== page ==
One problem that all drummers face sooner or later is being bored while practicing. In the early years there are several reasons for being bored.
First of all, the exercises for beginning drummers require dedication because they are so elementary. Keeping up one’s interest can be difficult. However, a student who completes the first year of study is over the toughest part. Toughest, that is, in the sense of remaining enthusiastic. Fortunately, for most of us, youthful zeal and desire carry us past the first year.
The next problem usually occurs when the student has developed enough to play the rudiments and basic drumset patterns with a certain degree of skill. At this point, these same exercises and patterns can become very, very monotonous. Even though repetition is essential to develop skill, strength and control, it can also be negative. Repetition can become so boring that it discourages the student and interest may be lost.
To overcome this, the student should be presented with new, challenging material all the time. Even though certain things will have to be practiced many times, it is possible to keep the spirit intact by always having something new to practice. In this way the repetition skills are developed and the mind is continually being stimulated with new ideas and materials. This is a good balance.
After playing for some years another problem can develop: You can become so used to playing the licks you have practiced, that it becomes impossible to think of new ones. Again, repetition can become a problem. You may have practiced the same things so many times that you have created a “rut” for yourself.
The study of other musical instruments can break up boredom and stimulate you musically. For example, study vibes, xylophone or marimba. The keyboard experience will help your understanding of music theory. Music is so vast that it is difficult not to remain interested if you are a serious musician. Studying music will also help you to understand your role as a drummer more thoroughly.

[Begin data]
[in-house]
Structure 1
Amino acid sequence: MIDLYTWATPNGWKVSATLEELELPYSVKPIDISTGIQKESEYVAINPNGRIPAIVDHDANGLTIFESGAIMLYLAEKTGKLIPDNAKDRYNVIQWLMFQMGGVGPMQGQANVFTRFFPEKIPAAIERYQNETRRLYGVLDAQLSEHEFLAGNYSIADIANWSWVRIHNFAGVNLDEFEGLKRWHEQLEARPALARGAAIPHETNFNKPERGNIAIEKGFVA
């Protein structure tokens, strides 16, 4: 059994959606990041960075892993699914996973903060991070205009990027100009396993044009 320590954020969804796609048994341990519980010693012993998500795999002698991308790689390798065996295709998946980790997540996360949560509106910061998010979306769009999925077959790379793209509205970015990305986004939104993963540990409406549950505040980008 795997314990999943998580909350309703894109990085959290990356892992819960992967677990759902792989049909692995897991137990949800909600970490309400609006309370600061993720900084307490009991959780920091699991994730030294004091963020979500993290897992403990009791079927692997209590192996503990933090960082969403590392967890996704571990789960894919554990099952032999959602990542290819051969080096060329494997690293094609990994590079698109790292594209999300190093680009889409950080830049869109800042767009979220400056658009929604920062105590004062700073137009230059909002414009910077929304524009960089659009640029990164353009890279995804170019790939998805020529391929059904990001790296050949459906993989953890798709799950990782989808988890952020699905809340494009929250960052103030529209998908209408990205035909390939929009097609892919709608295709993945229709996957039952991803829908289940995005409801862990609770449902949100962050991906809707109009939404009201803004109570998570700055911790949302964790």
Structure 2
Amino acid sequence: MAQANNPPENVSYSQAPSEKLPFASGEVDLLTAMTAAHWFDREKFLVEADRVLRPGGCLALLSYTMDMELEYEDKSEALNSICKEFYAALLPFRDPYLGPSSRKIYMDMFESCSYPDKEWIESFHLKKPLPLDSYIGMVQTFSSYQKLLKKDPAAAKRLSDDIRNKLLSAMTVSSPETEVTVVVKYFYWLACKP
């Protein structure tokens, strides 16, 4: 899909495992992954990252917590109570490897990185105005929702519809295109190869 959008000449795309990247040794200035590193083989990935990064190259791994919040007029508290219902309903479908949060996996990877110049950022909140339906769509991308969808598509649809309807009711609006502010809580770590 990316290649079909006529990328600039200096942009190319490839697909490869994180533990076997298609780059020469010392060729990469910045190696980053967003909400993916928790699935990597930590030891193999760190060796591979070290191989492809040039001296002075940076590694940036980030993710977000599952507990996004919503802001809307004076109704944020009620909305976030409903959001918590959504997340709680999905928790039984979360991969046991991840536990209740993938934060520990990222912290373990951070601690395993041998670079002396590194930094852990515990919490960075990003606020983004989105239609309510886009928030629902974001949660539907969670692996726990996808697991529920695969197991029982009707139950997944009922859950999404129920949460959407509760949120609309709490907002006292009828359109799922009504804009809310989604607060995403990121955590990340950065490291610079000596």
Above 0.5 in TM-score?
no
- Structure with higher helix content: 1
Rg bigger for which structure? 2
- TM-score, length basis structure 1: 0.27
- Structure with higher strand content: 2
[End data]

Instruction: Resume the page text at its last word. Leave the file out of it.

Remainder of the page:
Study piano if you have one available. There is no need to be a super technical piano player. However, most drummers are weak in harmony and theory. Many studio players, such as Harvey Mason and Ed Shaughnessy, have very strong backgrounds on mallets, timpani and other instruments. They both feel that this musical training has been invaluable in helping them to keep up with new musical styles.
If you have been playing a long time, I suggest practicing with music. Headphones and modern recording techniques have made this a very important form of practicing. Even if you are warming up on a practice pad before work, put on some music. Do your warm up to some good records and practice in tempo with the music. This is much more stimulating than just warming up on the pad.
Transcribe rhythms and fills from records. Write out short sections or basic rhythms. Writing them out and looking at the transcribed beats will increase your understanding of them. Also, you will develop better listening skills by writing out what you hear because you have to listen so carefully to transcribe beats accurately. Transcribing will also improve your reading because you are working with your eyes and ears.
Go to see other people play. You will see and hear ideas that might not have occurred to you. Although listening to records is fun and rewarding, seeing and hearing a great drummer live is special. Even though you don’t understand everything you see and hear the first time, it will stimulate your imagination and make you feel like running home and practicing.
Imagination and boredom are opposites. Instead of trying to “overcome” boredom, try using your imagination. Try new combinations of old ideas. Turn rudiments around. Play patterns backwards. Use one hand on one drum and the other hand on a different drum. Play a pattern that you usually play on one drum on two drums. You will create some new sounds.
The results will not always be great. However, the results will be interesting. And, every now and then, you will discover something hot. Also, if you keep exercising your imagination you will also begin to develop your own style. You will develop your own point of view.
In a nutshell, if you are bored while practicing, practice something new. Study something new. Listen to something new. Reach out and be imaginative. Listen to new styles.
Remember, repetition can become very boring unless something new is added every now and then. Also, remember that although the study of drumming is very worthwhile, it is only a small part of music. It is a very important but still a small part of music in general. So, study music and drumming.
When drumming, musical sensitivity and imagination are combined, the result is a creative, innovative and musical drummer. The result is also a drummer with a personal sound and style.